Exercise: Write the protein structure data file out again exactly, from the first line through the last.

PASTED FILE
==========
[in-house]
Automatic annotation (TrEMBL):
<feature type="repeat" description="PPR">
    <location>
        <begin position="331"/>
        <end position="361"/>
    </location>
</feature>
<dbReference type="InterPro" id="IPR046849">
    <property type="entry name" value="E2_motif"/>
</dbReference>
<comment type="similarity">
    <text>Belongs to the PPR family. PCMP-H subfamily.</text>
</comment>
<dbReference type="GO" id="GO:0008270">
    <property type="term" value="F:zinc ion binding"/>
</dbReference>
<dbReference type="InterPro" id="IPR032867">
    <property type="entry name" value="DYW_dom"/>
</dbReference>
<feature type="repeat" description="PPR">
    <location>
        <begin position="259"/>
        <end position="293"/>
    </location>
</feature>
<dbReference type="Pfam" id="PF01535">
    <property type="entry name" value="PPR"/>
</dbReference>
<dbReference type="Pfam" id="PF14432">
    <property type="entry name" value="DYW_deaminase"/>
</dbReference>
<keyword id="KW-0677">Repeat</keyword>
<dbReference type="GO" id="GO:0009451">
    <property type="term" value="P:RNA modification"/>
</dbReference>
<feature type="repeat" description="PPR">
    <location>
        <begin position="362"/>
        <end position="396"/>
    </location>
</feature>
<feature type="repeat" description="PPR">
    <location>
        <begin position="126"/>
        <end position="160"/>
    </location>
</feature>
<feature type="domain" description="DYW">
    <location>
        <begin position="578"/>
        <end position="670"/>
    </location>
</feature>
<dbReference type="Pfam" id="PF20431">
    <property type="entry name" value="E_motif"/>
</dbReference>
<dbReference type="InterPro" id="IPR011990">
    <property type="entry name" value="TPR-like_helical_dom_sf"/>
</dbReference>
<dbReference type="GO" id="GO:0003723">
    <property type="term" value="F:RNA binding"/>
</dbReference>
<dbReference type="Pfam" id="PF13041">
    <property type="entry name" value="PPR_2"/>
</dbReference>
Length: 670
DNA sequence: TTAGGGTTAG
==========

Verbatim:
[in-house]
Automatic annotation (TrEMBL):
<feature type="repeat" description="PPR">
    <location>
        <begin position="331"/>
        <end position="361"/>
    </location>
</feature>
<dbReference type="InterPro" id="IPR046849">
    <property type="entry name" value="E2_motif"/>
</dbReference>
<comment type="similarity">
    <text>Belongs to the PPR family. PCMP-H subfamily.</text>
</comment>
<dbReference type="GO" id="GO:0008270">
    <property type="term" value="F:zinc ion binding"/>
</dbReference>
<dbReference type="InterPro" id="IPR032867">
    <property type="entry name" value="DYW_dom"/>
</dbReference>
<feature type="repeat" description="PPR">
    <location>
        <begin position="259"/>
        <end position="293"/>
    </location>
</feature>
<dbReference type="Pfam" id="PF01535">
    <property type="entry name" value="PPR"/>
</dbReference>
<dbReference type="Pfam" id="PF14432">
    <property type="entry name" value="DYW_deaminase"/>
</dbReference>
<keyword id="KW-0677">Repeat</keyword>
<dbReference type="GO" id="GO:0009451">
    <property type="term" value="P:RNA modification"/>
</dbReference>
<feature type="repeat" description="PPR">
    <location>
        <begin position="362"/>
        <end position="396"/>
    </location>
</feature>
<feature type="repeat" description="PPR">
    <location>
        <begin position="126"/>
        <end position="160"/>
    </location>
</feature>
<feature type="domain" description="DYW">
    <location>
        <begin position="578"/>
        <end position="670"/>
    </location>
</feature>
<dbReference type="Pfam" id="PF20431">
    <property type="entry name" value="E_motif"/>
</dbReference>
<dbReference type="InterPro" id="IPR011990">
    <property type="entry name" value="TPR-like_helical_dom_sf"/>
</dbReference>
<dbReference type="GO" id="GO:0003723">
    <property type="term" value="F:RNA binding"/>
</dbReference>
<dbReference type="Pfam" id="PF13041">
    <property type="entry name" value="PPR_2"/>
</dbReference>
Length: 670
DNA sequence: TTAGGGTTAG